Taiwan Cinema: International Reception and Social Change
Edited by Kuei-fen Chiu, Ming-Yeh T. Rawnsley and Gary D. Rawnsley, this book focuses on contemporary Taiwan cinema, its recent changes in international reception and the locally successful but internationally quite obscure filmmaker Wei Te-sheng. Both Ming-Yeh and Gary Rawnsley have already made a considerable contribution to the literature in the English language on Taiwan’s cinema and media. Their collaboration with Kuei-fen Chiu, a specialist in Taiwan documentary films and aboriginal literature, is highly fruitful.
In their introduction, the editors point to the paradox of Taiwan’s situation. On the one hand, Taiwan New Cinema attracted much international praise in the 1980s and the 1990s while the domestic box-office for local films dwindled. In contrast, Wei Te-sheng, the focus of this volume, experienced unexpected success with his debut feature film, Cape No.7 (2008), and therefore reignited new passion in local cinema but was largely ignored by international festivals. As the essays in this anthology demonstrate, Wei’s films are concerned not only with commercial popularity, but also challenge the onscreen representation of nation, history, and Taiwan’s aboriginal communities. This collection explains the shift of interest that occurred, suggesting that commercial movies deserve the attention of researchers even as they are neglected by arthouse critics.
Valentina Vitali’s chapter, “Variable of Transnational Authorship, Hou Hsiao-hsien and Wei Te-sheng”, is an important reminder of critical discourse on the development of authorship. As she argued, in the 1990s and 2000s Taiwanese films screened at festivals were mainly arthouse movies and were embraced by European commentators (for example, the films by Hou Hsiao- hsien). But the same group of cultural gatekeepers remain in a complete ignorance of Wei Te-sheng who does not fit the authorship’s framework established by western critics since the 1950s.
Despite this rejection, other chapters in the first part of the volume give an overview of the different strategies adopted by the Taiwanese government to promote contemporary cinema. Being more mainstream, these films cannot reach the most important festivals as documented in Elena Pollachi’s account of the presence of Taiwan cinema at the Venice film festival. Nevertheless, numerous programmes and collaborations (in particular with universities) have enabled the expansion of Taiwan cinema abroad. Contributors address a variety of experiences and cases in Brazil (Cecila Mello), Japan (Ran Ma), the US (Brian Hu), and the UK (Felicia Chan and Andy Willis). These cases convey first the loss of interest in Taiwanese cinema after 2000, but also the dynamics of new local films and the efforts in Taiwan to regenerate contemporary production.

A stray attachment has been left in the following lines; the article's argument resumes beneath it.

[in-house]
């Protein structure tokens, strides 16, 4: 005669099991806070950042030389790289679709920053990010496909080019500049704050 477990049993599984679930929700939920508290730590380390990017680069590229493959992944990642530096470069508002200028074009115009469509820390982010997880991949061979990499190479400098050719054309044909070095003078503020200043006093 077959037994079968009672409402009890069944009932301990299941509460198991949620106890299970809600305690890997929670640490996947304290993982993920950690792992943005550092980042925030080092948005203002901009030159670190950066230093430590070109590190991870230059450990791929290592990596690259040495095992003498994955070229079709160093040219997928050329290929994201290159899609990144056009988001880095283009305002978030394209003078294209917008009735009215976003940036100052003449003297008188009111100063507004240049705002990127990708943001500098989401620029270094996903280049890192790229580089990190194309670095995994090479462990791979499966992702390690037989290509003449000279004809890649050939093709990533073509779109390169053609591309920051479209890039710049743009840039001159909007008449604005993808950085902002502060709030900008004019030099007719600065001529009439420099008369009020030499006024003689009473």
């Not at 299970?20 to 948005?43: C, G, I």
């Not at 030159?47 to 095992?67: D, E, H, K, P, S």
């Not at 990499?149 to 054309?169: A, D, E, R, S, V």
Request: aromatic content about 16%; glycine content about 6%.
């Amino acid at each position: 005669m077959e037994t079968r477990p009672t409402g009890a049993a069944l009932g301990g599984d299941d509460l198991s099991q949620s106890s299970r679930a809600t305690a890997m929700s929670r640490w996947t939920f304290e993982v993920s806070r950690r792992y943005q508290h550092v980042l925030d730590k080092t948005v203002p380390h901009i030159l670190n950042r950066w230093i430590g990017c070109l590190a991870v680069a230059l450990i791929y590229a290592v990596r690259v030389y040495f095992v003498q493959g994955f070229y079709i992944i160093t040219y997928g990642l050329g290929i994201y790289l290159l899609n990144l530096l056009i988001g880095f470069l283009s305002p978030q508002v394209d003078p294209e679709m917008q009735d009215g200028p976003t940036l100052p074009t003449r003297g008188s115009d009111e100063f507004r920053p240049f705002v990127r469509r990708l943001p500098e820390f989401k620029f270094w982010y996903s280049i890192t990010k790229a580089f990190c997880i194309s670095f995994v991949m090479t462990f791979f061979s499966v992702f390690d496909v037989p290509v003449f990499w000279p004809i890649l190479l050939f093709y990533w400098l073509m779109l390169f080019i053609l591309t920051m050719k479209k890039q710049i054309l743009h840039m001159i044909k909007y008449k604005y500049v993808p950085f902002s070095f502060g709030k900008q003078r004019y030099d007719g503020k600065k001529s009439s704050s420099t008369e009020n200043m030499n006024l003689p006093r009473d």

The second part of the book is dedicated to Wei Te-sheng’s works. As a French researcher it is quite striking to see the discrepancy between Anglo-Saxon and French research. As Valentina Vitali points out the auteur approach in France discards the directors and filmographies that do not fit into the critical model. As a consequence, the current research on Taiwan cinema in France remains limited in terms of publishing, even if many young researchers are proposing new and original topics in their Master or PhD theses. The seven chapters included in the second part of the volume are proof that a “commercial” director’s works can be more complex than they look. Indeed, the “nation”, a central idea in Taiwanese film analysis (even in the French approach) is challenged by Wei’s films (see, for example, the chapters by Chialan Sharon Wang and Chris Berry respectively). Wei disrupts the old China-Taiwan link that was the classical approach to assert instead the Japan- Taiwan connection.
As most chapters of the second part show, Wei’s films have to be analysed beyond the pure aesthetic perspective: sociology (Ping-hui Liao), history (Kuei-Fen Chiu), politics (Chialan Sharon Wang), semiotics (Darryl Sterk) are all summoned to shed light on some problematic aspects (the alteration of historical facts, for example) but also on the richness of the movies. Moreover, the appendix offers an extensive interview with Wei Te-sheng that allows for a better understanding of his creative process and his approach to films and their production.
To conclude, this volume unites researchers from different fields (media, film, history, aboriginal studies, etc.) and therefore offers from multiple dimensions a concrete study on the production and international reception of Taiwan cinema. It also provides a significant discussion of Wei Te-sheng and his impact on Taiwan cinema and its representation of the history and life of the island. The book should be read by anyone seeking new perspectives on the continuous evolution of Taiwan’s film industry and the strategies employed to generate international awareness for movies made in and about Taiwan.
Dr Wafa Ghermani holds a PhD from the Université Paris 3 – La Sorbonne Nouvelle in film studies. Her thesis focused on Taiwan cinema and National Identity from the Japanese colonial period to nowadays. She currently works at the Cinémathèque française and is a curator for many festivals and Taiwan film related events.